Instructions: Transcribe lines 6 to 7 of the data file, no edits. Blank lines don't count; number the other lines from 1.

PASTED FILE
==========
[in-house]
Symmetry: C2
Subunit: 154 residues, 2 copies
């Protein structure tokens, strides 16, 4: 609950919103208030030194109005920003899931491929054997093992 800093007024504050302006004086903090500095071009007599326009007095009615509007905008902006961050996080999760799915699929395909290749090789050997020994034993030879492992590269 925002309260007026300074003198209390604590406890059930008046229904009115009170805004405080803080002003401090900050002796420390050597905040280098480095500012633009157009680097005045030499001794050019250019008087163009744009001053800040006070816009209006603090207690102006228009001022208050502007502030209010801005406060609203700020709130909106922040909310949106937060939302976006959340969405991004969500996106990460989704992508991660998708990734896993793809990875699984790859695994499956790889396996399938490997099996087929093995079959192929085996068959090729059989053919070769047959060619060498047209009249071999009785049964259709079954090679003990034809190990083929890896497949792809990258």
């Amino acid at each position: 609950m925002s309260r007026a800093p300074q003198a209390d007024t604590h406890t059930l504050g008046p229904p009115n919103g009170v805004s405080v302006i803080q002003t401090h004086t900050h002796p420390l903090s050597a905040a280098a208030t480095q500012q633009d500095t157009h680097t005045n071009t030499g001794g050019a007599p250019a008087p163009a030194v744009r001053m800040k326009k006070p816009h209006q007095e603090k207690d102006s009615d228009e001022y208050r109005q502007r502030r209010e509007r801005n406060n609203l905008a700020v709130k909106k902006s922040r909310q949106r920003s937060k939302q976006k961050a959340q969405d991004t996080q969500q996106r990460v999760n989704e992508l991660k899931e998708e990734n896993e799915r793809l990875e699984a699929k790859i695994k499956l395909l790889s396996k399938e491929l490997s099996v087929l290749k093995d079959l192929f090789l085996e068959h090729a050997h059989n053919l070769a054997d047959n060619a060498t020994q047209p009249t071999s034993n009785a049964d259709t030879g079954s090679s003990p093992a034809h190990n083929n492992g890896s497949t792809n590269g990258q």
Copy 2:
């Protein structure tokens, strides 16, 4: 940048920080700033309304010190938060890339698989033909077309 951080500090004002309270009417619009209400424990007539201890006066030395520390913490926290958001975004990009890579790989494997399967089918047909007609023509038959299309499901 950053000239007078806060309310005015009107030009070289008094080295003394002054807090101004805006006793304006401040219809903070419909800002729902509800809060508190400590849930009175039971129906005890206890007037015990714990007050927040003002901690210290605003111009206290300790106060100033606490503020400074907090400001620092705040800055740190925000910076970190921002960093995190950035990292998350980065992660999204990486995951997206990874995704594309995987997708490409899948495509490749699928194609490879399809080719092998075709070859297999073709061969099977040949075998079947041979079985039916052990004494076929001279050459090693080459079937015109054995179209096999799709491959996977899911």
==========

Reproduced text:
Copy 2:
């Protein structure tokens, strides 16, 4: 940048920080700033309304010190938060890339698989033909077309 951080500090004002309270009417619009209400424990007539201890006066030395520390913490926290958001975004990009890579790989494997399967089918047909007609023509038959299309499901 950053000239007078806060309310005015009107030009070289008094080295003394002054807090101004805006006793304006401040219809903070419909800002729902509800809060508190400590849930009175039971129906005890206890007037015990714990007050927040003002901690210290605003111009206290300790106060100033606490503020400074907090400001620092705040800055740190925000910076970190921002960093995190950035990292998350980065992660999204990486995951997206990874995704594309995987997708490409899948495509490749699928194609490879399809080719092998075709070859297999073709061969099977040949075998079947041979079985039916052990004494076929001279050459090693080459079937015109054995179209096999799709491959996977899911």